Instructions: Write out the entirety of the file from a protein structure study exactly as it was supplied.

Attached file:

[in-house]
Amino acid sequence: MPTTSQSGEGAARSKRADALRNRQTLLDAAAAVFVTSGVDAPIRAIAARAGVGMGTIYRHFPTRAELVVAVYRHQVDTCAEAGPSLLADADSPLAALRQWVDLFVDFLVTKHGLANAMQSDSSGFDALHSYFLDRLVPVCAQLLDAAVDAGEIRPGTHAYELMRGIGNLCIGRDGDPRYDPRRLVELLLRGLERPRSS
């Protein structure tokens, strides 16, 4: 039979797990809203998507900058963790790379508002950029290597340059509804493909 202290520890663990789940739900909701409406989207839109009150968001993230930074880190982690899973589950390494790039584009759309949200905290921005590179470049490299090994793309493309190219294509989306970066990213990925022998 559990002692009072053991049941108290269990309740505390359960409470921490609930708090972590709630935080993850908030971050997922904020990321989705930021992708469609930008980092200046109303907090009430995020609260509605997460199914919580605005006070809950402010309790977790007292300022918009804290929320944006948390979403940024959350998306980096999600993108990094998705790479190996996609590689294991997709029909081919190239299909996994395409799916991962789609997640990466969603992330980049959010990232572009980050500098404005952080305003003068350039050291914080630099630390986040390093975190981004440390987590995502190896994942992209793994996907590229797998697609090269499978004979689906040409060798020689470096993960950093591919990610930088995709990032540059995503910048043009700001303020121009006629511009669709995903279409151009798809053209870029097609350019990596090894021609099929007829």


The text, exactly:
[in-house]
Amino acid sequence: MPTTSQSGEGAARSKRADALRNRQTLLDAAAAVFVTSGVDAPIRAIAARAGVGMGTIYRHFPTRAELVVAVYRHQVDTCAEAGPSLLADADSPLAALRQWVDLFVDFLVTKHGLANAMQSDSSGFDALHSYFLDRLVPVCAQLLDAAVDAGEIRPGTHAYELMRGIGNLCIGRDGDPRYDPRRLVELLLRGLERPRSS
């Protein structure tokens, strides 16, 4: 039979797990809203998507900058963790790379508002950029290597340059509804493909 202290520890663990789940739900909701409406989207839109009150968001993230930074880190982690899973589950390494790039584009759309949200905290921005590179470049490299090994793309493309190219294509989306970066990213990925022998 559990002692009072053991049941108290269990309740505390359960409470921490609930708090972590709630935080993850908030971050997922904020990321989705930021992708469609930008980092200046109303907090009430995020609260509605997460199914919580605005006070809950402010309790977790007292300022918009804290929320944006948390979403940024959350998306980096999600993108990094998705790479190996996609590689294991997709029909081919190239299909996994395409799916991962789609997640990466969603992330980049959010990232572009980050500098404005952080305003003068350039050291914080630099630390986040390093975190981004440390987590995502190896994942992209793994996907590229797998697609090269499978004979689906040409060798020689470096993960950093591919990610930088995709990032540059995503910048043009700001303020121009006629511009669709995903279409151009798809053209870029097609350019990596090894021609099929007829």